|Publication number||US937773 A|
|Publication date||Oct 26, 1909|
|Filing date||Feb 15, 1909|
|Priority date||Feb 15, 1909|
|Publication number||US 937773 A, US 937773A, US-A-937773, US937773 A, US937773A|
|Inventors||Harry F Cunning|
|Original Assignee||Harry F Cunning|
|Export Citation||BiBTeX, EndNote, RefMan|
|Referenced by (5), Classifications (2)|
|External Links: USPTO, USPTO Assignment, Espacenet|
HI- FI CHEM-VALVE.
APPLICATION FILED FEB. 15,1909.
937,773. Patented 001;. 26, 1909..
Ann-In! mun m Plmlm Wm n7:
HARRY F. CUNNING, OF ROANOKE, VIRGINIA.
Specification of Letters Patent.
Patented Oct. 26, 1909.
Application filed February 15, 1909. Serial No. 478,045.
To all whom it may concern:
Beit known that I, HARRY F. CUNNING, a citizen of the United States, residing at Roanoke, in the county of Roanoke and State of Virginia, have invented a new and useful Check-Valve, of which the following is a specification.
This invention relates to that class of check valves in which the construction is such that it is lifted oft its seat with a rotary motion, the object thereof being to keep the valve seat and that portion of the valve casing in which the guide wings work clear of incrustations and corrosions. ous rotary movement of the valve causes rapid wear, and the object of the present invention is to provide a valve having only a slight rotary movement as it rises from the seat, the rotation of the valve being checked by the structure to be hereinafter described and claimed.
The invention also has for its object to provide improved means for guiding the movement of the valve.
In the accompanying drawings Figure 1 is an elevation of the valve, the casing being shown in section. Fig. 2 is a bottom plan view of the valve. Fig. 3 is a section on the line 33 of Fig. 1 looking down. Fig 4 is a section in the same plane looking up.
Referring more particularly to the drawings, 5 denotes the casing of the valve which, in the present instance, is an angle valve. In the casing is the seat 6 of the check valve. This valve is a disk 7 suitably shaped on its under side to snugly fit the seat. From the under side of the disk depend wings 8,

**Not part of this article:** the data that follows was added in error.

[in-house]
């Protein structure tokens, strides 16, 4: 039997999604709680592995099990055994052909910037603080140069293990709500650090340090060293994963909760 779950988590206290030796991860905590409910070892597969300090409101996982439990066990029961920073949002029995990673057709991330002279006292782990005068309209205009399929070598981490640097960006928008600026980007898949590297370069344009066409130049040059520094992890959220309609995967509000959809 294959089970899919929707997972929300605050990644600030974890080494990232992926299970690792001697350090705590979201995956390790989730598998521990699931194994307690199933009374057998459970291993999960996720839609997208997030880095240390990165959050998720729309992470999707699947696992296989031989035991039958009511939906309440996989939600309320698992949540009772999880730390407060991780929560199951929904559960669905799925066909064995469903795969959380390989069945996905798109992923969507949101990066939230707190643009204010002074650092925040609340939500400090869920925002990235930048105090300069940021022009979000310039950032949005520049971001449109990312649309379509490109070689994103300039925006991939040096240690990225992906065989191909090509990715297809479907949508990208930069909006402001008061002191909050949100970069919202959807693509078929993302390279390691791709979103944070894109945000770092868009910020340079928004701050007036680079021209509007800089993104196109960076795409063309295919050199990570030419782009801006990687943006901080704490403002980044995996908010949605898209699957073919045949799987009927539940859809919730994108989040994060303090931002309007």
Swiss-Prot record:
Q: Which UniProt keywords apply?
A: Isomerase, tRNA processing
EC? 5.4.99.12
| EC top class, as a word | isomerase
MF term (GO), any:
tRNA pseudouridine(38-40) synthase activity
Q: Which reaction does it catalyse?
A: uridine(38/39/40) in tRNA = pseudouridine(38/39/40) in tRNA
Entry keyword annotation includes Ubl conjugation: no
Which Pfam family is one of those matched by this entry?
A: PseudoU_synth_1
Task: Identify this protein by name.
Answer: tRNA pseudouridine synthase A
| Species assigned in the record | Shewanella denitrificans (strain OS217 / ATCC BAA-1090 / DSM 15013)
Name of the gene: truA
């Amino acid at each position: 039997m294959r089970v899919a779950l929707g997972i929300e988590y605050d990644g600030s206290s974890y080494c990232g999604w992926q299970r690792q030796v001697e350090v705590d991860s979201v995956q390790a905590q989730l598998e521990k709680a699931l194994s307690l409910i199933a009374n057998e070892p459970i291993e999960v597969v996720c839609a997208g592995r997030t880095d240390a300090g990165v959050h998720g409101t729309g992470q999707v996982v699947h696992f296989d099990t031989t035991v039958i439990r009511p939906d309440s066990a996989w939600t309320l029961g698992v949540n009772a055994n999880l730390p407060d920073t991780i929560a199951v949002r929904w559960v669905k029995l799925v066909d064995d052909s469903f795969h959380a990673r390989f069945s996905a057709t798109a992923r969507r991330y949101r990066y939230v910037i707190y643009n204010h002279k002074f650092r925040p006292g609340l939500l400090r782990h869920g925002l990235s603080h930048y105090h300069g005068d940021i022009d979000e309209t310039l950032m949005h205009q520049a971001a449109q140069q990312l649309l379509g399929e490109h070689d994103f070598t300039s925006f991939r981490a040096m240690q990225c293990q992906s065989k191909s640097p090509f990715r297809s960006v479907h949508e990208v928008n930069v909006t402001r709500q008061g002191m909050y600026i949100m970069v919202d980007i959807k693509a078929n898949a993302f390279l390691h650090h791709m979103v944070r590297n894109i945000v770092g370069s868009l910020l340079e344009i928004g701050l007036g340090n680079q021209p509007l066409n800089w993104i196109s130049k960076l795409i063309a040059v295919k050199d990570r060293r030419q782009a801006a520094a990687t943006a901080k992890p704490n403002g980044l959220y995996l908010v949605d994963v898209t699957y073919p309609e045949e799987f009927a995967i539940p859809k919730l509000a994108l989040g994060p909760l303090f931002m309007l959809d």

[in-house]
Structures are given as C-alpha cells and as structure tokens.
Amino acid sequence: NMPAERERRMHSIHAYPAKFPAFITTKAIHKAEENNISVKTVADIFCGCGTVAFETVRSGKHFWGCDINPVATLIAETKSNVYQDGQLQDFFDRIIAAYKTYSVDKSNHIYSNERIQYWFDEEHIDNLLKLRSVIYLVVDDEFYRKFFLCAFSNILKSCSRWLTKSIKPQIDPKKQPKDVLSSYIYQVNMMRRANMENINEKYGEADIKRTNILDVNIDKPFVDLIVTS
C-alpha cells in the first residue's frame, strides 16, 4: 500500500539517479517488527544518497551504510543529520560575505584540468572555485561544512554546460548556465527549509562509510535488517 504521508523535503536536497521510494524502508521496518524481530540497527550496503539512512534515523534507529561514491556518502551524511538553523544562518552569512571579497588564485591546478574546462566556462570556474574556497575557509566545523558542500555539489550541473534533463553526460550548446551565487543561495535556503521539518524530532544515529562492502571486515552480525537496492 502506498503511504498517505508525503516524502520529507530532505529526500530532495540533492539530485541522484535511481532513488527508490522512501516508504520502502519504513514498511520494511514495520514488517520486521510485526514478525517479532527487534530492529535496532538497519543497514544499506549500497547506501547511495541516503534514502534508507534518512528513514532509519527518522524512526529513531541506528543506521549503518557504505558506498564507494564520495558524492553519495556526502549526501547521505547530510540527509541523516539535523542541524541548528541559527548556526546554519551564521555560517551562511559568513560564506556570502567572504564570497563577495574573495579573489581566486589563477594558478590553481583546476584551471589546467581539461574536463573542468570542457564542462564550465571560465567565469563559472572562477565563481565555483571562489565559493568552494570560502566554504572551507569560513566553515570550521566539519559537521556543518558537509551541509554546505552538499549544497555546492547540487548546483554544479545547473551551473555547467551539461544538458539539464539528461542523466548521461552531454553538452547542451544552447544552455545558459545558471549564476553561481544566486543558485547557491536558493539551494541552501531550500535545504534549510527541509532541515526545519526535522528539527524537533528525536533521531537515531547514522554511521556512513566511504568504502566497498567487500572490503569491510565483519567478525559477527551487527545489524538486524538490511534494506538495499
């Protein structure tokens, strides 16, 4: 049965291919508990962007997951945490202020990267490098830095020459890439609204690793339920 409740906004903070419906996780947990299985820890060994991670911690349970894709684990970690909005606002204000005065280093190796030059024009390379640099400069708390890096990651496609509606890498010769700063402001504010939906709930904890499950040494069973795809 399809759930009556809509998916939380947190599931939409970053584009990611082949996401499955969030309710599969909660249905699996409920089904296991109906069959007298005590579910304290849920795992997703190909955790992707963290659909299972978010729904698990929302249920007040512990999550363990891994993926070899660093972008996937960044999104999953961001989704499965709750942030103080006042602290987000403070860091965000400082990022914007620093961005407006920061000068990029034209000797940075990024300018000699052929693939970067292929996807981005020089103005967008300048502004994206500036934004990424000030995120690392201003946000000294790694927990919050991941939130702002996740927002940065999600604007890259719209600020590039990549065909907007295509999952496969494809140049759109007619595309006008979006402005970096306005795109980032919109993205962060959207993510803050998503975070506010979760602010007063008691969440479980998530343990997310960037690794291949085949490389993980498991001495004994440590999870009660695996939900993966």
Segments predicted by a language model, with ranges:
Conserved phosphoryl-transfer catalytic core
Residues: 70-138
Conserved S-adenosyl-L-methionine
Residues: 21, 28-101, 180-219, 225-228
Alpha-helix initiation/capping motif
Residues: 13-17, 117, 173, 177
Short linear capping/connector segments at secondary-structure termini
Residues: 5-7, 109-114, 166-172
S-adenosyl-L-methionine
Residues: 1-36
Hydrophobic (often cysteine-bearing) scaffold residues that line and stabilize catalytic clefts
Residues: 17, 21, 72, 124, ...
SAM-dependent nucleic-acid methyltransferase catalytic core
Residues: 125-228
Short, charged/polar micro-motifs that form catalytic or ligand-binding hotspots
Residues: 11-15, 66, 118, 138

which extend radially with respect to the axis of the valve, and have laterally deflected portions 9 adjacent to the disk, for a purpose to be presently made clear.
From the top of the disk 7 rises a guide stem 10 having a reduced portion 11 which works in an opening 12 in a cage 13 seating in an opening 14 made in the valve casing 5, and extending thereinto a suitable distance. On the outside of the valve casing, an annular flange 15 surrounds the opening 14;, and the cage 13 has at. its outer end an annular collar 16 which fits on said flange. The flange is screw-threaded on the outside to receive a coupling nut 17 which engages over the collar 16, and clamps the same to The continuthe flange 15, whereby the cage is securely held in place in the valve casing.
By securing the cage as herein described,
it is always held central, and in position to properly guide the valve, and any wear of the threads of the flange 15 or the nut 17 will not affect its position.
011 the bottom of the cage 13 are recesses 18 which are in the path of lugs 19 formed on the end of the portion 10 of the valve guide stem.
By laterally deflecting the wings 8 as shown at 9, the valve is given a rotary motion as it rises from its seat. However, this rotary motion. is very short by reason of the fact that only short portions of the wings are laterally deflected, and also by reason of the fact that when the valve lifts and strikes the bottom of the cage 13, the recesses 18 are engaged by the lugs 19, and the rotation of the valve is therefore positively stopped. The continuous rotation of the valve with the attendant wear is therefore efiectually prevented.
The valve structure herein described is simple, and there are no complicated parts to get out of order. The cage 13 also serves as a cap which can be readily removed if access to the valve is desired, upon unscrewing the nut 17.
What is claimed is:
1. In a check valve, a casing, a valve working therein, means for imparting a rotary movement to the valve as it rises off its seat, and a stop for checking said rotary movement of the valve.
2. In a check valve, a casing, a valve working therein, means for imparting a rotary motion to the valve as it rises off its seat, a guide stem on the valve, a cage extending into the valve casing and having an opening in which the guide stem works, the bottom of the cage having recesses, and lugs onthe valve adapted to enter said recesses to check the rotary movement of the valve.
In testimony that I claim the foregoing as my own, I have hereto affixed my signature in the presence of two witnesses.
HARRY F. CUNNING.
GRAon HoMTRorH, HORACE RECTOR.
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